But one still senses the thermochemical is secondary to the action movie exigencies, and The Joker seems finally a villain of novelty rather than part of an exploration of the temperature of evil. Indeed, central to this piece is the degree to which film has usually created the space for an exploration of taking the pulse of villainy, but that narrative expectation, sympathetic exploration and moral binaries have still held up. For example in Trainspotting, Goodfellas and Blue Velvet, the hot villainy has been contextualised from the perspective of those who are even-tempered enough to provide a context for the baddie’s actions. None of the films explores the temperature of antagonism in and of itself. If Blue Velvet remains the most challenging of the three, it rests on the sense that by the conclusion Jeffrey Beaumont has found his own temperature is not necessarily as consistent as he might wish. After sadistically slapping Isabella Rossellini’s character, and masochistically receiving a beating by Hopper’s Frank, it is as though by the end of the film he is not the even-tempered boy next door, but a young man capable of less mood swings than temperature swings. When the film ends on Jeffrey and his girl-next-door girlfriend sitting in the garden, central to the uncanniness is that we can’t quite believe Jeffrey will be able to adjust to such a mundane life after the temperature shifts he’s been part of. As with Funny Games, the film works less because it has been psychologically plausible, than because it has taken us into a different temperate zone. In Blue Velvet it is hot as hell, reflected in Lynch’s tonally hyperbolized mise-en-scene; in Funny Games it is cold as hell, by virtue of the naturalistic locale offered. In Blue Velvet the hero survives but we’re aware of the infernal underbelly of normal life; in Funny Games the villains survive and domestic normality continues, but with the presence of abnormal human elements within it. In Blue Velvet detrital villainy infects small town life; in Funny Games the surgically clean killers leave spaces all but untouched, though take out various lives. In each instance the uncanniness of villainy is achieved, and partly through working with hot and cold temperatures.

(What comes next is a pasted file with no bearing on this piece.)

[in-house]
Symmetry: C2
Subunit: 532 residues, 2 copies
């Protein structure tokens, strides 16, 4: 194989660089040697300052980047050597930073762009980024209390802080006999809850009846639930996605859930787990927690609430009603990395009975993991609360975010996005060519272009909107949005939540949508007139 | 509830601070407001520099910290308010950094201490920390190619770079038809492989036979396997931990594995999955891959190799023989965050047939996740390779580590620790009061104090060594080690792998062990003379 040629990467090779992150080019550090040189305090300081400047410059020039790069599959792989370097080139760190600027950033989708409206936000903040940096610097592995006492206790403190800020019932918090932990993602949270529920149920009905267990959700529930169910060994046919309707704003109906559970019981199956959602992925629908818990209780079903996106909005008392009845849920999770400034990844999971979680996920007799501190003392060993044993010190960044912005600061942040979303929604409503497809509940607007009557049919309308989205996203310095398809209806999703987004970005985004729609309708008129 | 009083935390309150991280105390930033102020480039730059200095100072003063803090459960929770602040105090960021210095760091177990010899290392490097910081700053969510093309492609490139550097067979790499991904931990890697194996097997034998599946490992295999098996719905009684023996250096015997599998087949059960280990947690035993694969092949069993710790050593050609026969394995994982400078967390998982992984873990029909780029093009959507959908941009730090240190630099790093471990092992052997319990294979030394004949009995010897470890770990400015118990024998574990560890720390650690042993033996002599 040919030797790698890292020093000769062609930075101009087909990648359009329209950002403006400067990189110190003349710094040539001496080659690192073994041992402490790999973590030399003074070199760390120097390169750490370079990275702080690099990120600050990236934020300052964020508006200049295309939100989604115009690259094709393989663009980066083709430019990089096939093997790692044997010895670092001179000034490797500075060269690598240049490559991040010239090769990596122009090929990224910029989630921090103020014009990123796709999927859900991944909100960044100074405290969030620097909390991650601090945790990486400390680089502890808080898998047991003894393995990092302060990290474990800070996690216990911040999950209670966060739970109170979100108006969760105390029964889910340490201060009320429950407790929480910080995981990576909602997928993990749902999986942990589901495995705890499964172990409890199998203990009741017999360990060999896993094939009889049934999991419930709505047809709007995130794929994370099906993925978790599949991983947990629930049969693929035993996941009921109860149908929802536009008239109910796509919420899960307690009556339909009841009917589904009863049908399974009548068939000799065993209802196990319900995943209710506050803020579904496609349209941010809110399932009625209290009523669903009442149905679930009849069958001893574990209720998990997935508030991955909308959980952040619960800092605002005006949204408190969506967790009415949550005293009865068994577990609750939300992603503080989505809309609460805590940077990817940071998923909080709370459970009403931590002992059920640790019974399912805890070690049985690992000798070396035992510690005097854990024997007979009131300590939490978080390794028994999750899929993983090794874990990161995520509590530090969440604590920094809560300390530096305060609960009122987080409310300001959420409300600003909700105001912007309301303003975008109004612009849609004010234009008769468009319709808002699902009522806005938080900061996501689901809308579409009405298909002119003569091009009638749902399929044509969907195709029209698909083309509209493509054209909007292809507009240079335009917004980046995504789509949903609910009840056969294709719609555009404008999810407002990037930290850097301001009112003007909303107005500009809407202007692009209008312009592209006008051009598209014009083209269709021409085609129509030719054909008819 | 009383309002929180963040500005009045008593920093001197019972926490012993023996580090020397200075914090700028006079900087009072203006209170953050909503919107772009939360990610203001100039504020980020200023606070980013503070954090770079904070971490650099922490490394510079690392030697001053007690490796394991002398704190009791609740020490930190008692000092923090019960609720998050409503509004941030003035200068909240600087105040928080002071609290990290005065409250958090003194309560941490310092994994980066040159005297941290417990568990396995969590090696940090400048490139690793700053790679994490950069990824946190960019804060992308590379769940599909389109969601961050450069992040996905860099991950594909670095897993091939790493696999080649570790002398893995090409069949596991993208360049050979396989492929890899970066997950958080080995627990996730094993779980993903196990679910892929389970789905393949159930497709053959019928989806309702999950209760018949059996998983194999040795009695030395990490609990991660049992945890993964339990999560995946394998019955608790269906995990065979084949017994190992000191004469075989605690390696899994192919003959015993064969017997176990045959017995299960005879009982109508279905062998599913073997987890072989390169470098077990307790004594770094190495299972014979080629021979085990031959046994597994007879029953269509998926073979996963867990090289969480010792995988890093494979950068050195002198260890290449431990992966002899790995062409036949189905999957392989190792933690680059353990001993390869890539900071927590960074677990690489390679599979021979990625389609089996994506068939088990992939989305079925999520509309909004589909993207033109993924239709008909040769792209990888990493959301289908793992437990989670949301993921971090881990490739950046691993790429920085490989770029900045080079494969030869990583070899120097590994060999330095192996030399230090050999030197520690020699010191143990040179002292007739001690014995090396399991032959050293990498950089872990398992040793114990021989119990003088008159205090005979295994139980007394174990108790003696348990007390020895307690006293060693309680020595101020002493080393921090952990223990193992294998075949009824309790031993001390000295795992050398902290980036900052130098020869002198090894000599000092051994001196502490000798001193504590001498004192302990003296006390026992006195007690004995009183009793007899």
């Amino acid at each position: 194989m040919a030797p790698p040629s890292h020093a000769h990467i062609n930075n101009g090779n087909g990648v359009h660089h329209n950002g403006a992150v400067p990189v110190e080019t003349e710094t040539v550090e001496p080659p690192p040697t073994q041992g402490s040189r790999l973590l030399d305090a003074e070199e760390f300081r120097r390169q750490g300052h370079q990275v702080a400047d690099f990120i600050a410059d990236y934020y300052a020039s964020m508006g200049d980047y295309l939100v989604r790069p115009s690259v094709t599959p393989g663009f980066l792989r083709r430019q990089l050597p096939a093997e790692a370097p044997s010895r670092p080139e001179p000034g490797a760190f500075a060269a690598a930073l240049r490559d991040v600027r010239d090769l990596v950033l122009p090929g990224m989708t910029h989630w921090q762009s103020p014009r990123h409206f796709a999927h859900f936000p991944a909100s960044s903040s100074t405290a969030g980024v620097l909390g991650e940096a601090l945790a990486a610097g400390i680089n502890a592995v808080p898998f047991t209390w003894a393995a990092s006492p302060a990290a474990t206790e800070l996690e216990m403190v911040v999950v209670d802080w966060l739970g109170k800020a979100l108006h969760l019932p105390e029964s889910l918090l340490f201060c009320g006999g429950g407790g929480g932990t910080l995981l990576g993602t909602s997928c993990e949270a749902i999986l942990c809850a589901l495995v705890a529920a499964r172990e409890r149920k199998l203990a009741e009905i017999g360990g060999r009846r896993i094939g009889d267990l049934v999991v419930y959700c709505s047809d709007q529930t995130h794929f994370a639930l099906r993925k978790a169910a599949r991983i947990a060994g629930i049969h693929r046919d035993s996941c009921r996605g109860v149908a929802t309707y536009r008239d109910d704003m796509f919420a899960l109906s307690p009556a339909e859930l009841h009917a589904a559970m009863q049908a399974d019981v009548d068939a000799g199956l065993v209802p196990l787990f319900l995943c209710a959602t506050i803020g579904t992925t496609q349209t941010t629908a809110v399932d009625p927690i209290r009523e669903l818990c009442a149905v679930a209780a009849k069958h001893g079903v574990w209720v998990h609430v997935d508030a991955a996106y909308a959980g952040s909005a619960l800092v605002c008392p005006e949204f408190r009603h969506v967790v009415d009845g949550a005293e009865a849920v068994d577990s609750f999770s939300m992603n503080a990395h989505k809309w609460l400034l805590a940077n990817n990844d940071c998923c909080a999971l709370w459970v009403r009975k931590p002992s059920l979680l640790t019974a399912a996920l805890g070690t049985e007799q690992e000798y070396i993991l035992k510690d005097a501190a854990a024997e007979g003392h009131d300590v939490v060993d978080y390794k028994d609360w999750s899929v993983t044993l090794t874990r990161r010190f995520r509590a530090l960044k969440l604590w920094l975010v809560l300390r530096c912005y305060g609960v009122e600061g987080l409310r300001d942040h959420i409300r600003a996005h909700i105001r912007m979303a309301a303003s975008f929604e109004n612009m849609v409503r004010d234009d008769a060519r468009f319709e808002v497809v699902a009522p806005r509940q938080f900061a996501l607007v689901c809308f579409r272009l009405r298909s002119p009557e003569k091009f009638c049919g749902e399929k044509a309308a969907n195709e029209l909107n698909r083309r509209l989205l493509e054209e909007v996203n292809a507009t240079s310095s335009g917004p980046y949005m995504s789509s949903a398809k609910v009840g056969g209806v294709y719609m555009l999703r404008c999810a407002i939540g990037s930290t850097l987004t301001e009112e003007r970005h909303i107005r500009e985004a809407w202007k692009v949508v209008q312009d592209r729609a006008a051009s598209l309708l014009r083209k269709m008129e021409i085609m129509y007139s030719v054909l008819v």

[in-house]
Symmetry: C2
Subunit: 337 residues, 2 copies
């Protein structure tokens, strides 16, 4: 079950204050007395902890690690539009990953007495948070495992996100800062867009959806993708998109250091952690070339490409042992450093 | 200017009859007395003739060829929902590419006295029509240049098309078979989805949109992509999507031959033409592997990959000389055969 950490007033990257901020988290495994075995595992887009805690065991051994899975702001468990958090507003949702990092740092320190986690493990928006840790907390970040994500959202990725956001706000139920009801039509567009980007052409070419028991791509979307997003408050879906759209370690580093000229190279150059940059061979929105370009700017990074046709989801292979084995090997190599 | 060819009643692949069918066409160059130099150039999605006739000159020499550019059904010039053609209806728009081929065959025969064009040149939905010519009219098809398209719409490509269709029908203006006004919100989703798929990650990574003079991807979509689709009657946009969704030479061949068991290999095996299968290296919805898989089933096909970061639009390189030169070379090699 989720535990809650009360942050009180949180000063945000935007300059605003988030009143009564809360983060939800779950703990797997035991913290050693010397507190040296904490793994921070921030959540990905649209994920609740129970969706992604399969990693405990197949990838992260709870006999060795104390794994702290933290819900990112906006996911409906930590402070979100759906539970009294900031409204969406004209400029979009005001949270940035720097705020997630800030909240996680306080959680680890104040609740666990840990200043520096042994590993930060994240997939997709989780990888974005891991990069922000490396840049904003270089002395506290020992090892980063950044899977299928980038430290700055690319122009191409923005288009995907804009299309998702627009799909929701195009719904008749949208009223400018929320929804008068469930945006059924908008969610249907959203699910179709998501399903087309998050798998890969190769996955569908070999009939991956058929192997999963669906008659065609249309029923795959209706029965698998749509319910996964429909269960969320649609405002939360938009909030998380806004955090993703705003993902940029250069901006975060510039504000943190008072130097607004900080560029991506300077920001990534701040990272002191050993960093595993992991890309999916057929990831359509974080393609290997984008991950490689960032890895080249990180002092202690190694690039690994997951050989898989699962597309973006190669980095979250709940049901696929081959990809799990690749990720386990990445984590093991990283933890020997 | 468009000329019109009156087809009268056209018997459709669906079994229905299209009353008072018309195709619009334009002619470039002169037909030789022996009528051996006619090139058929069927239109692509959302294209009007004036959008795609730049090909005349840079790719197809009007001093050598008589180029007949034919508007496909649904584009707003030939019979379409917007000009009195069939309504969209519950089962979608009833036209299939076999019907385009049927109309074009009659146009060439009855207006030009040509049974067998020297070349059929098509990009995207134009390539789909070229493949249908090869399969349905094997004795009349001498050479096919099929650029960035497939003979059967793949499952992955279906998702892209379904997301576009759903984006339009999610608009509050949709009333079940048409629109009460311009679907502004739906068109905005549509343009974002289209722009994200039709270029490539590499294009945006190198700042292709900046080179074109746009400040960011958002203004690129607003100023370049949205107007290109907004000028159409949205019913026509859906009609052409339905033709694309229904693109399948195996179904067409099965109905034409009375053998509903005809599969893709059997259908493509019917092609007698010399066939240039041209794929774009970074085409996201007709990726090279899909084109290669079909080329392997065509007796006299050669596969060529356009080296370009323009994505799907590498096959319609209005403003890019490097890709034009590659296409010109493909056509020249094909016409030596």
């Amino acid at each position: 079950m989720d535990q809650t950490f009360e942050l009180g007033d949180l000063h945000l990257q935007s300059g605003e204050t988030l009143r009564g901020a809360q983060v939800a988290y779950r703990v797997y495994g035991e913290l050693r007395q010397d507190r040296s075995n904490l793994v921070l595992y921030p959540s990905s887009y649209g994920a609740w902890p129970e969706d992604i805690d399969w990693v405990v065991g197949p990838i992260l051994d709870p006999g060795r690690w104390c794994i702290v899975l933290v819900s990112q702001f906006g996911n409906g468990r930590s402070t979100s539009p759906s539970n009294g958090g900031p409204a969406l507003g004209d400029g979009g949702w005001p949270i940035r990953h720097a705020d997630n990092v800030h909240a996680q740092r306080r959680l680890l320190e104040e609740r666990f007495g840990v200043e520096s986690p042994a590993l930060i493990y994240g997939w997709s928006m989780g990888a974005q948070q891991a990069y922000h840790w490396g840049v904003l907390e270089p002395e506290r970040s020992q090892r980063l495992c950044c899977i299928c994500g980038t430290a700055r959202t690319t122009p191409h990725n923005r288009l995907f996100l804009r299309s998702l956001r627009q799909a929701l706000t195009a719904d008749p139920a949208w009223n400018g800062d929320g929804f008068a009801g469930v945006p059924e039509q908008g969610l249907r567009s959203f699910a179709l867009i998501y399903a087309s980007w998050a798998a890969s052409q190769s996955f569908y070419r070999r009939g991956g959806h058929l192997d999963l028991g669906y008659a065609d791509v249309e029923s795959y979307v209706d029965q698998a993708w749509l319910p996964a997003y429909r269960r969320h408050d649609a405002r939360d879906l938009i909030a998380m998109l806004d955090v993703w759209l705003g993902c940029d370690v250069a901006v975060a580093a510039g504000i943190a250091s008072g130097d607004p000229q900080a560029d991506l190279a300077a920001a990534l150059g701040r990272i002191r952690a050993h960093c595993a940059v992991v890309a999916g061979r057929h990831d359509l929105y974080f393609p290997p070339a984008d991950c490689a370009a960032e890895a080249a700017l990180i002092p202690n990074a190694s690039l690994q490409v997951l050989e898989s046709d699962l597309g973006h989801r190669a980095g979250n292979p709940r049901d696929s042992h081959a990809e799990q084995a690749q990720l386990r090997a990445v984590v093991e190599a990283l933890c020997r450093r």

We’re perhaps flying in the face of psychological expectation here, and one writer on villainy that we’ve alluded to at the beginning of this piece, Stuart Fischoff, quotes Kurt Lewin’s formula for comprehending motivational forces. B=f((P,E): “behaviour is a function of personality factors interacting with environmental forces”. For Fischoff, vital to villainy is justifiable motivational elements. “The simple truth is less often what he does than why he does it.” What we are proposing is that motivational forces are potentially less interesting than the unmotivational forces: the thermochemically inexplicable, over the psychologically plausible. However, where Fischoff frets over the problem of Hollywood laziness in relation to implausible behaviour, what about the flipside of the motivational resting not in the motive but in the body? Where Fischoff defends Scarface and attacks King of New York, a writer like Nicole Brenez who is fascinated less by psychological plausibility than what the body is capable of, will regard Ferrara’s film, in Abel Ferrara, as a masterpiece partly because of its over the top nature. While Fischoff sees a comic book dimension, sees a “drug szar cartoon”, Brenez would claim Ferrara as a filmmaker interested in exploring “the obscure and vital zone of bodily feeling.”